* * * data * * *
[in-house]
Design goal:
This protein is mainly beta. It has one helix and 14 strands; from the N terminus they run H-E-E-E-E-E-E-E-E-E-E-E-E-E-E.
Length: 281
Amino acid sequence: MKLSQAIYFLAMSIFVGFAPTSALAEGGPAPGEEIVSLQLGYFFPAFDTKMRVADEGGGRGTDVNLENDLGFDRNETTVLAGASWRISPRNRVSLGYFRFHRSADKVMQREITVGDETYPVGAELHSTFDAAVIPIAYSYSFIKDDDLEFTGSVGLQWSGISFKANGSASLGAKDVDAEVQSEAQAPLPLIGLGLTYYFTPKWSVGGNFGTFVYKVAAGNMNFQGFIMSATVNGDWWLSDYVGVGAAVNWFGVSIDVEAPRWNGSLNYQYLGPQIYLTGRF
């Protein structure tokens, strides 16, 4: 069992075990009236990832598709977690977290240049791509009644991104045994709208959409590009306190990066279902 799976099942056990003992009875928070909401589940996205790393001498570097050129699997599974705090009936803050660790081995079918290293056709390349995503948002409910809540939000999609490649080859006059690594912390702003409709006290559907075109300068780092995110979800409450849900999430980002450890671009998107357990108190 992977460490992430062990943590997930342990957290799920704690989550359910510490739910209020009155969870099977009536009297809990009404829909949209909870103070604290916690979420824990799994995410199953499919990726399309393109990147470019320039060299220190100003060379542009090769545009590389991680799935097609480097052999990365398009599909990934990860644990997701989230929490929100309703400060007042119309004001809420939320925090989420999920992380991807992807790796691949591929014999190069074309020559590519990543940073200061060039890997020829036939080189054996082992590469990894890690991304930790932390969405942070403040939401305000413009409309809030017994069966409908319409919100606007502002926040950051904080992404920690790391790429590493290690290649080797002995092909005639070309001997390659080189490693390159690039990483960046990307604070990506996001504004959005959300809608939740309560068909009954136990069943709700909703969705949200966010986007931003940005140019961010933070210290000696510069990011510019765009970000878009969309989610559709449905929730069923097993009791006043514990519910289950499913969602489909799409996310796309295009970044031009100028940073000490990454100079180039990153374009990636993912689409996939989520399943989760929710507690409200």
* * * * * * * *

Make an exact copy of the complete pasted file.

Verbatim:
[in-house]
Design goal:
This protein is mainly beta. It has one helix and 14 strands; from the N terminus they run H-E-E-E-E-E-E-E-E-E-E-E-E-E-E.
Length: 281
Amino acid sequence: MKLSQAIYFLAMSIFVGFAPTSALAEGGPAPGEEIVSLQLGYFFPAFDTKMRVADEGGGRGTDVNLENDLGFDRNETTVLAGASWRISPRNRVSLGYFRFHRSADKVMQREITVGDETYPVGAELHSTFDAAVIPIAYSYSFIKDDDLEFTGSVGLQWSGISFKANGSASLGAKDVDAEVQSEAQAPLPLIGLGLTYYFTPKWSVGGNFGTFVYKVAAGNMNFQGFIMSATVNGDWWLSDYVGVGAAVNWFGVSIDVEAPRWNGSLNYQYLGPQIYLTGRF
């Protein structure tokens, strides 16, 4: 069992075990009236990832598709977690977290240049791509009644991104045994709208959409590009306190990066279902 799976099942056990003992009875928070909401589940996205790393001498570097050129699997599974705090009936803050660790081995079918290293056709390349995503948002409910809540939000999609490649080859006059690594912390702003409709006290559907075109300068780092995110979800409450849900999430980002450890671009998107357990108190 992977460490992430062990943590997930342990957290799920704690989550359910510490739910209020009155969870099977009536009297809990009404829909949209909870103070604290916690979420824990799994995410199953499919990726399309393109990147470019320039060299220190100003060379542009090769545009590389991680799935097609480097052999990365398009599909990934990860644990997701989230929490929100309703400060007042119309004001809420939320925090989420999920992380991807992807790796691949591929014999190069074309020559590519990543940073200061060039890997020829036939080189054996082992590469990894890690991304930790932390969405942070403040939401305000413009409309809030017994069966409908319409919100606007502002926040950051904080992404920690790391790429590493290690290649080797002995092909005639070309001997390659080189490693390159690039990483960046990307604070990506996001504004959005959300809608939740309560068909009954136990069943709700909703969705949200966010986007931003940005140019961010933070210290000696510069990011510019765009970000878009969309989610559709449905929730069923097993009791006043514990519910289950499913969602489909799409996310796309295009970044031009100028940073000490990454100079180039990153374009990636993912689409996939989520399943989760929710507690409200």